- Timme Mackie
- (313) 671-6554
Sacramento, CA – This week, Assemblymember Chris Holden’s bills passed the Assembly Floor and are heading to the Senate for committee hearings. The bills include: AB 43 – Greenhouse gas emissions: building materials: credit trading platform and compliance system, AB 262 – Children’s camps: regulation, AB 299 – Hazing: educational institutions: civil liability, AB 304 – Domestic violence: probation, AB 323 – Planning and land use: parcels: changes in use, AB 610 – Youth Transit Pass Pilot Program: free youth transit passes, AB 647 – Grocery workers, AB 776 – Route 210, and AB 1244 – Private Security Services and Private Investigators: qualified managers.
“My focus remains steady in meeting the needs of Californians and that is reflected through my legislation. The people come first. I thank my colleagues for their support and I will continue to remain a diligent leader and listener throughout this process,” said Assemblymember Chris Holden.
AB 43 would express the intent of the Legislature to enact an Embodied Carbon Trading System within the program created by AB 2446, or the Low Carbon Product Standard (LCPS), to facilitate a credit-trading platform for building materials.
AB 262 would direct the Department of Social Services (DSS) to lead a stakeholder group to develop recommendations through a report to the Legislature on future regulations that would protect children while attending day and overnight camps.
AB 299 would allow for civil action to be brought against an educational institution for an instance of hazing in which one or more students were involved if that educational institution knew or should have known of the dangerous hazing practices of an affiliated organization.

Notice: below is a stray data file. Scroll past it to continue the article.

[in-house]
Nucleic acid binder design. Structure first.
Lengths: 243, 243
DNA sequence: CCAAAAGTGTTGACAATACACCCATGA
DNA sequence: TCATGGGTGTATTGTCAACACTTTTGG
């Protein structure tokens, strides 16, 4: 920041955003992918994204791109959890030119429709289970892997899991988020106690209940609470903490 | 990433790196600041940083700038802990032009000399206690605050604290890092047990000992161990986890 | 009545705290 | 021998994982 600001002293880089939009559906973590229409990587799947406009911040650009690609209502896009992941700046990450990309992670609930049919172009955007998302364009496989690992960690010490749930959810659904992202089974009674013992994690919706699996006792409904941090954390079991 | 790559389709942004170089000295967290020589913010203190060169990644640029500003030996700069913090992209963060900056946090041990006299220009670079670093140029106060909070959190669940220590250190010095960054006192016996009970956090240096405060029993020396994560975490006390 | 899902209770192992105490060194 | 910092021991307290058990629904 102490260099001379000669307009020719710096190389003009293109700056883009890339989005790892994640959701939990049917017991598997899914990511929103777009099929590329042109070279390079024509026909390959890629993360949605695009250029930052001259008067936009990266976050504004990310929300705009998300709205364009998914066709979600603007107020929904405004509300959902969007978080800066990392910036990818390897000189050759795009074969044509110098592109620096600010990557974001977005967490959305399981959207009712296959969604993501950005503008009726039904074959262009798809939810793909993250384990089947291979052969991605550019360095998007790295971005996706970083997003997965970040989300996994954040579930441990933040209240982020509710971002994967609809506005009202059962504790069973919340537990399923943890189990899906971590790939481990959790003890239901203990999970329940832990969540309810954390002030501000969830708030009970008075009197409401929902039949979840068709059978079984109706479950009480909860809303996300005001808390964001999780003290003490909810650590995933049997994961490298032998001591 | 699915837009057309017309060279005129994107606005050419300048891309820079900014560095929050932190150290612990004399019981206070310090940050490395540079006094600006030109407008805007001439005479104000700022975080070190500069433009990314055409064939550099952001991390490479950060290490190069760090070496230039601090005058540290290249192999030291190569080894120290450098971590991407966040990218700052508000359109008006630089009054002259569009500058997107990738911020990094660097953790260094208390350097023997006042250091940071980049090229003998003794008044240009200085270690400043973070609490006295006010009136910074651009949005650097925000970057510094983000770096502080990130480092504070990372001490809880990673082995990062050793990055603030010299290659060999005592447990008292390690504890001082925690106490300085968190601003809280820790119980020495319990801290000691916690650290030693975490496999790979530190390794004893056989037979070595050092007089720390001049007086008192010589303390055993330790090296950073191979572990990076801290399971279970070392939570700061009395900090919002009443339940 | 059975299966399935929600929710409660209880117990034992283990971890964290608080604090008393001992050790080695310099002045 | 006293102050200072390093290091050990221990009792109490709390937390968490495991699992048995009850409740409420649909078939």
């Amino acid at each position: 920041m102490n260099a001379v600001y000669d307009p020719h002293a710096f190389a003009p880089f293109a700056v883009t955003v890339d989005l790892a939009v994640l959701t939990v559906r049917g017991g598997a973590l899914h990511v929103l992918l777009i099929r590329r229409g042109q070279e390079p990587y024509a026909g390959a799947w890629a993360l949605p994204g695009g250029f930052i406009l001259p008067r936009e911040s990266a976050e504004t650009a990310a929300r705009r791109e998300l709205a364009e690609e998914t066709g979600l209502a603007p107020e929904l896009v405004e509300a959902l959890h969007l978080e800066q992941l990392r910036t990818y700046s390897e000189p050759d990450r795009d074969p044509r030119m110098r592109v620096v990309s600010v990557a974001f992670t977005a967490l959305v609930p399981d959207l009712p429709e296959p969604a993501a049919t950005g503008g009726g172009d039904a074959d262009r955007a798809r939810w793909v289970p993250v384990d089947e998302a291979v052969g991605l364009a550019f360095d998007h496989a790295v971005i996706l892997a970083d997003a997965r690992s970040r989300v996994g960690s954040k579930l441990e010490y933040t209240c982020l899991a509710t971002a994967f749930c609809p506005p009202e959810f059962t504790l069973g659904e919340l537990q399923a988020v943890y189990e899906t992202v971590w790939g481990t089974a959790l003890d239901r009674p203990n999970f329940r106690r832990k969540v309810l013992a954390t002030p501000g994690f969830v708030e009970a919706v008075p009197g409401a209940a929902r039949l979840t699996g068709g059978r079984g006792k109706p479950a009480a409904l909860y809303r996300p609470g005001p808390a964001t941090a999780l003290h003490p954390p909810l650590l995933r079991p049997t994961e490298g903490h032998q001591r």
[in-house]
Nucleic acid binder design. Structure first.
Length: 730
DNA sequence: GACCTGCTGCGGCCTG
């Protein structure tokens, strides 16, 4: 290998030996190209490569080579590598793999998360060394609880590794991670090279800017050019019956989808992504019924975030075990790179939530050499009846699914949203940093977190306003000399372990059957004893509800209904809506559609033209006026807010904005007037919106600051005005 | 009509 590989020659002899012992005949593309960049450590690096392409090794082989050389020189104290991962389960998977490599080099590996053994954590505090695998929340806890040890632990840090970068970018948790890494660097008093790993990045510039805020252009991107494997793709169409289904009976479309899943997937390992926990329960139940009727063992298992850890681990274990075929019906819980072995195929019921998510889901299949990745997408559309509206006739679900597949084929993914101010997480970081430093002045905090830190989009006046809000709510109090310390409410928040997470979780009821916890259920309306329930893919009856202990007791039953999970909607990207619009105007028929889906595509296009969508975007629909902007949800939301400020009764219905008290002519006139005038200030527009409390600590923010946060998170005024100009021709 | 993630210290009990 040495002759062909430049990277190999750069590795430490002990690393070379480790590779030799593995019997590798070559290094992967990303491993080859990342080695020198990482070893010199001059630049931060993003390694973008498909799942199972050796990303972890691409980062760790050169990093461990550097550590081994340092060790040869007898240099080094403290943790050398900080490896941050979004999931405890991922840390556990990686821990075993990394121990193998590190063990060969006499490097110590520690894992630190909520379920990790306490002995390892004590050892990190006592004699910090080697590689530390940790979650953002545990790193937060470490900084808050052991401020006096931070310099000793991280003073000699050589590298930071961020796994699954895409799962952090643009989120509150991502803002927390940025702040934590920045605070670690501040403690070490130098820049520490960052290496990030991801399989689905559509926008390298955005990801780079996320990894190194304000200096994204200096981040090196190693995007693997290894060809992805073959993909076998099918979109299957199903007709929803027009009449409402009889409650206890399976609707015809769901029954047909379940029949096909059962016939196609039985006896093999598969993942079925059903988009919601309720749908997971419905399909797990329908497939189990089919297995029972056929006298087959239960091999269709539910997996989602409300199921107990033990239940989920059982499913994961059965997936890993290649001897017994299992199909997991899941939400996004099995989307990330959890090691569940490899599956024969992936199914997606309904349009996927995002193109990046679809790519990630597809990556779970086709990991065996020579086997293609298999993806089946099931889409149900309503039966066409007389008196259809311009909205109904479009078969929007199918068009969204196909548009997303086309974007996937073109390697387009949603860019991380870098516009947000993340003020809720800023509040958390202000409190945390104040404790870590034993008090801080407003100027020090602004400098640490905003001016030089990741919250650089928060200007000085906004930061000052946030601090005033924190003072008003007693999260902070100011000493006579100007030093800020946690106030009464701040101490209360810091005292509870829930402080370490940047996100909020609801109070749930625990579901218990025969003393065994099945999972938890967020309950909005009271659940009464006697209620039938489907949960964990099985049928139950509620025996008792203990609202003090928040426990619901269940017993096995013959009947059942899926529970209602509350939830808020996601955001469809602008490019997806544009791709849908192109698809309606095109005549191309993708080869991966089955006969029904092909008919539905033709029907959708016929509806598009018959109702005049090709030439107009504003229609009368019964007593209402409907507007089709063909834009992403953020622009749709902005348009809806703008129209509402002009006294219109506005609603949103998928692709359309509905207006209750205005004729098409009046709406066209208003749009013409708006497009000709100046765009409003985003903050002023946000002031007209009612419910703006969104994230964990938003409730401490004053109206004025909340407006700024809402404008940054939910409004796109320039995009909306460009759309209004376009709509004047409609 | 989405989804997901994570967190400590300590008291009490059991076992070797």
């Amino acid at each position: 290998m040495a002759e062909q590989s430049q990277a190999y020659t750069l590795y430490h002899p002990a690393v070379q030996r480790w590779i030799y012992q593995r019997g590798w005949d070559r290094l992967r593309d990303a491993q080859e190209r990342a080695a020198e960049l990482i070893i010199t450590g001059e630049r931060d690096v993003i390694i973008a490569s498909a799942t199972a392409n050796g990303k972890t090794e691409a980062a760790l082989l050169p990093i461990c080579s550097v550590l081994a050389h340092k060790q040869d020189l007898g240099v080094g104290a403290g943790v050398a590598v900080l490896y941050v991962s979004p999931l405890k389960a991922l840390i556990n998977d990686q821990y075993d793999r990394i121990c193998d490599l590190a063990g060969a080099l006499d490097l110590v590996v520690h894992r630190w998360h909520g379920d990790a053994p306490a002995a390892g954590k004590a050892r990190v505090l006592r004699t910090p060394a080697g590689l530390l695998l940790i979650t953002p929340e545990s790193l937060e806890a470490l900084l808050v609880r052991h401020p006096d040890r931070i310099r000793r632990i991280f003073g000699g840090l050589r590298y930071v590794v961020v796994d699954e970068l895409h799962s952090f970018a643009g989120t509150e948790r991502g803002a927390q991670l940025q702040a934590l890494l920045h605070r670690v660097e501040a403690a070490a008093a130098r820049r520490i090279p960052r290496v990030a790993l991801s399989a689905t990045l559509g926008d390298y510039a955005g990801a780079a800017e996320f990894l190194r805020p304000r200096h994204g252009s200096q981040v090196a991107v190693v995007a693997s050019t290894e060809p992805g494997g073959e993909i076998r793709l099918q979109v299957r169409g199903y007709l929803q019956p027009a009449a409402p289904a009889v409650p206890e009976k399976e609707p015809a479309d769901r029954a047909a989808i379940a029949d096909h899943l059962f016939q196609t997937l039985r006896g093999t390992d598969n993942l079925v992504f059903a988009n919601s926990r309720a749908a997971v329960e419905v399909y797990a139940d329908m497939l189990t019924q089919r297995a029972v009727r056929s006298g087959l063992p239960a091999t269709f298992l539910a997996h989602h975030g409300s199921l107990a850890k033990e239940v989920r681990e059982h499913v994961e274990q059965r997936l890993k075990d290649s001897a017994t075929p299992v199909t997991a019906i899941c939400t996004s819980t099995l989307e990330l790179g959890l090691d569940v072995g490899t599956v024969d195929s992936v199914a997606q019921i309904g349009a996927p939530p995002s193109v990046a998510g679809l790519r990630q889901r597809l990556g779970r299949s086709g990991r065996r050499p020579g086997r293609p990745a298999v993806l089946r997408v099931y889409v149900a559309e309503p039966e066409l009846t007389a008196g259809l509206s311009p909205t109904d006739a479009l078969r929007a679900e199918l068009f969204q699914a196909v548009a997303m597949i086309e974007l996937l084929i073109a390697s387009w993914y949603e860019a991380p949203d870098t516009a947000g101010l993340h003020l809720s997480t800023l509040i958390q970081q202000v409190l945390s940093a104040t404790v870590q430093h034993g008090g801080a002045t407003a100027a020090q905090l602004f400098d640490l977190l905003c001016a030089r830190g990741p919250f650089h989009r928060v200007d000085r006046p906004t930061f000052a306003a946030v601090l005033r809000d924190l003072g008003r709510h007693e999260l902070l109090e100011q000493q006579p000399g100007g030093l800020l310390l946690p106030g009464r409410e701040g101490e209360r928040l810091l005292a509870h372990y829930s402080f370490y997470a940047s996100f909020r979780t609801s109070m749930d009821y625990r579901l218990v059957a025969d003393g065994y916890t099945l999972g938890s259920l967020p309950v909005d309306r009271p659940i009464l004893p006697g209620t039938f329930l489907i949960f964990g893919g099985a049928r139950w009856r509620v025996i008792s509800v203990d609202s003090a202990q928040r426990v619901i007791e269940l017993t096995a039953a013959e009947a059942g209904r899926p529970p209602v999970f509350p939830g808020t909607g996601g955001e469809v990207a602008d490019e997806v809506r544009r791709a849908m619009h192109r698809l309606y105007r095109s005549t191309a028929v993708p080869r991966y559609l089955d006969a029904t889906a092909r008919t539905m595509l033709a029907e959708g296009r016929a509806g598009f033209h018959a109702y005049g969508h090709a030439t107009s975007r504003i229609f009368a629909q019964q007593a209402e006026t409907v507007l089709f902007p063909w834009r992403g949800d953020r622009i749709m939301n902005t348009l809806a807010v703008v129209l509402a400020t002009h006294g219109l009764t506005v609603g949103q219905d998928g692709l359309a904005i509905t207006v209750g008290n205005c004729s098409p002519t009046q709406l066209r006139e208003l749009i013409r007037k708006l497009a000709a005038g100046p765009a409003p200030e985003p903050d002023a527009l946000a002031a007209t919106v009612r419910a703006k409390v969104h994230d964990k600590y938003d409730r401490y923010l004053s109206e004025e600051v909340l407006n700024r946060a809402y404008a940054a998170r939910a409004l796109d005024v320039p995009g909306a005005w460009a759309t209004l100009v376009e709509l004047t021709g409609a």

AB 304 would restructure the oversight of the rehabilitation process domestic violence offenders must undergo, in an effort to reduce recidivism and increase overall education within the system – including among probation departments, courts, and program providers.
AB 323 would protect homeownership pathways for low-income families.
AB 610 would create the Student Transit Pass Pilot Program to fund the development and implementation of fare free transit passes to California students. The bill also requires a report on the program’s outcomes, including whether the program increased transit ridership among student users, to be submitted to the Legislature.
AB 647 would require a successor grocery employer, upon change in control of a grocery establishment, to hire from the list for 120 days after the grocery establishment is fully operational and open to the public and retain each eligible grocery worker for at least 120 days after their commencement date, except as specified.
AB 776 would require the department, through the erection of highway signs and appropriate markers, to provide recognition of the historical and cultural importance of the California Indian tribes local to, or historically located in, the Counties of Los Angeles and San Bernardino.
AB 1244 would require a qualified manager under the Private Investigator Act and the Private Security Services Act to hold a current and valid qualified manager’s certificate issued by the director, and would require the director to issue a qualified manager’s certificate to a person who meets the requirements of the act, as applicable.
“We are listening and collaborating with Californians to provide solutions that work; for the good of the public and the planet,” said Holden.